Data Preparation

Since algorithms cannot directly consume date or timestamp data, we will extract the features from the timestamp and will drop the actual timestamp column before training models.

# drop moving-average columns
data.drop([‘MA48’, ‘MA336’], axis=1, inplace=True)

# set timestamp to index
data.set_index(‘timestamp’, drop=True, inplace=True)

# resample timeseries to hourly
data = data.resample(‘H’).sum()

# creature features from date
data[‘day’] = [ for i in data.index]
data[‘day_name’] = [i.day_name() for i in data.index]
data[‘day_of_year’] = [i.dayofyear for i in data.index]
data[‘week_of_year’] = [i.weekofyear for i in data.index]
data[‘hour’] = [i.hour for i in data.index]
data[‘is_weekday’] = [i.isoweekday() for i in data.index]

Experiment Setup

Common to all modules in PyCaret, the setup function is the first and the only mandatory step to start any machine learning experiment in PyCaret. Besides performing some basic processing tasks by default, PyCaret also offers a wide array of pre-processing features. To learn more about all the preprocessing functionalities in PyCaret, you can see this link.

# init setup
from pycaret.anomaly import *
s = setup(data, session_id = 123)

Whenever you initialize the setup function in PyCaret, it profiles the dataset and infers the data types for all input features. In this case, you can see day_name and is_weekday is inferred as categorical and remaining as numeric. You can press enter to continue.

Model Training

To check the list of all available algorithms:

# check list of available models

In this tutorial, I am using Isolation Forest, but you can replace the ID ‘iforest’ in the code below with any other model ID to change the algorithm. If you want to learn more about the Isolation Forest algorithm, you can refer to this.

# train model
iforest = create_model(‘iforest’, fraction = 0.1)
iforest_results = assign_model(iforest)

Notice that two new columns are appended i.e. Anomalythat contains value 1 for outlier and 0 for inlier and Anomaly_Score which is a continuous value a.k.a as decision function (internally, the algorithm calculates the score based on which the anomaly is determined).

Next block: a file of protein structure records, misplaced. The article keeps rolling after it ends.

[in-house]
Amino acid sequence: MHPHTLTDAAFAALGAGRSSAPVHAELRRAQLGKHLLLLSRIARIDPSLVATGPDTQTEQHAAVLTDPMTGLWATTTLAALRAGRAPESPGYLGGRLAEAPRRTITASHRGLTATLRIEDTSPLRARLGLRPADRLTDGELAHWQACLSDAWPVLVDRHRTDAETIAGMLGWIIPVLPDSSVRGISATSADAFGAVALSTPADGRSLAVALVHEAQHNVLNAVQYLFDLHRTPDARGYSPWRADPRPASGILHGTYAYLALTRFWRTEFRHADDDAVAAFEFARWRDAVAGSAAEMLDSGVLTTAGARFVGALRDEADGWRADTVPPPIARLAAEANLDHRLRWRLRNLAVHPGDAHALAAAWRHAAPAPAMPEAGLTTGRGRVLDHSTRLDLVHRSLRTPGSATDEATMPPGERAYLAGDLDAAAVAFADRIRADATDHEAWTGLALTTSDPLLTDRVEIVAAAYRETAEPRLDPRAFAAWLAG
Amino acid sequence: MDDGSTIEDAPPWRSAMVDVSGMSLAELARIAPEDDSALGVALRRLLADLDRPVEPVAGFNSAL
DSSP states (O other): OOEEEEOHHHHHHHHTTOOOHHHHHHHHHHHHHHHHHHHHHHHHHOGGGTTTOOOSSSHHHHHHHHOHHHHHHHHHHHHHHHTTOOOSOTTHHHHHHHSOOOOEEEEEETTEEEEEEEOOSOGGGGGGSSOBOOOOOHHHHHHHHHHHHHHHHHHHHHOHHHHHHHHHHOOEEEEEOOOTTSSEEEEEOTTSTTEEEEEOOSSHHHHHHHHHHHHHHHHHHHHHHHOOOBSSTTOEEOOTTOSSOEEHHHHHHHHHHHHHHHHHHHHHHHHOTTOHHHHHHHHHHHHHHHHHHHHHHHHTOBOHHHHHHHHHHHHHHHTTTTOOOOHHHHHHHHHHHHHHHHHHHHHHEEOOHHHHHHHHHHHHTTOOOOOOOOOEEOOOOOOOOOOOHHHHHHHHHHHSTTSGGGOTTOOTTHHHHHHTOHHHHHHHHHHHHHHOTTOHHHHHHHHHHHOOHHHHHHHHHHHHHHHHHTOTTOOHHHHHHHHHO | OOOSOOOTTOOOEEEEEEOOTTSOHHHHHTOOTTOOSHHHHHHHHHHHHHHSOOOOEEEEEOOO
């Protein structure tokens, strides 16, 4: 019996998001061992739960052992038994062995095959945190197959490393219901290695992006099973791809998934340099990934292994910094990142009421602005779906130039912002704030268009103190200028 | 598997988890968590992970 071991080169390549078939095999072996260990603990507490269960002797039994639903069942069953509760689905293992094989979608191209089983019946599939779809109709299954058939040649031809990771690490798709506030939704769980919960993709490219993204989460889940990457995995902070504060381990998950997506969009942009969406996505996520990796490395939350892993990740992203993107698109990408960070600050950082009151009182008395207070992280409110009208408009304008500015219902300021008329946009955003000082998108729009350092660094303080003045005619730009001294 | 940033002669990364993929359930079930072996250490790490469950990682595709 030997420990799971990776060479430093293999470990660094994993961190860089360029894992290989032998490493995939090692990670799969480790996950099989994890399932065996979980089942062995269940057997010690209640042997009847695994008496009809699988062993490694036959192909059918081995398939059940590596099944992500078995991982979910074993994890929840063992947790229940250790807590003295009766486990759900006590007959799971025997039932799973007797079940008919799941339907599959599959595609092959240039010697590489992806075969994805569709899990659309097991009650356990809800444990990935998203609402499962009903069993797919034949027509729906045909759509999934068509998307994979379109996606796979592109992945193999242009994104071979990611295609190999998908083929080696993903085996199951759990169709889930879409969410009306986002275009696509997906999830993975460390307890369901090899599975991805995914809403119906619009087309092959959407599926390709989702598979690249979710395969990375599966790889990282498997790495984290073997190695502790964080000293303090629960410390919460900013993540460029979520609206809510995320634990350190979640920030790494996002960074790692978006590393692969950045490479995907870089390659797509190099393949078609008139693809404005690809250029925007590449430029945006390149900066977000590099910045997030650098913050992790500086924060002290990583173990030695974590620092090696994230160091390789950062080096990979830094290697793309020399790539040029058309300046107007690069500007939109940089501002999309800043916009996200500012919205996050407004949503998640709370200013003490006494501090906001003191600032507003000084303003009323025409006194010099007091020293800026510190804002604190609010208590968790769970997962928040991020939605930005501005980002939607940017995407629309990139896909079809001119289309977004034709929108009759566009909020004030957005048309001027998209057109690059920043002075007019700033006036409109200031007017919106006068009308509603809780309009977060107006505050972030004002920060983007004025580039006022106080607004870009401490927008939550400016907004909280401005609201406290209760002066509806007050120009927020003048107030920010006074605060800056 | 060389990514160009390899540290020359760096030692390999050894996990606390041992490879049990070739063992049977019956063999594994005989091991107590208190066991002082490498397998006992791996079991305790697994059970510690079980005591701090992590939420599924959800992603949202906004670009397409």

# check anomalies
iforest_results[iforest_results[‘Anomaly’] == 1].head()

We can now plot anomalies on the graph to visualize.

import plotly.graph_objects as go

# plot value on y-axis and date on x-axis
fig = px.line(iforest_results, x=iforest_results.index, y=”value”, title=’NYC TAXI TRIPS – UNSUPERVISED ANOMALY DETECTION’, template = ‘plotly_dark’)

# create list of outlier_dates
outlier_dates = iforest_results[iforest_results[‘Anomaly’] == 1].index

# obtain y value of anomalies to plot
y_values = [iforest_results.loc[i][‘value’] for i in outlier_dates]
fig.add_trace(go.Scatter(x=outlier_dates, y=y_values, mode = ‘markers’, name = ‘Anomaly’, marker=dict(color=’red’,size=10)))

# display figure

Notice that the model has picked several anomalies around Jan 1st which is a new year eve. The model has also detected a couple of anomalies around Jan 18— Jan 22 which is when the North American blizzard(afast-moving disruptive blizzard) moved through the Northeast dumping 30 cm in areas around the New York City area.

If you google the dates around the other red points on the graph, you will probably be able to find the leads on why those points were picked up as anomalous by the model (hopefully).

I hope you will appreciate the ease of use and simplicity in PyCaret. In just a few lines of code and few minutes of experimentation, I have trained an unsupervised anomaly detection model and have labeled the dataset to detect anomalies on a time series data.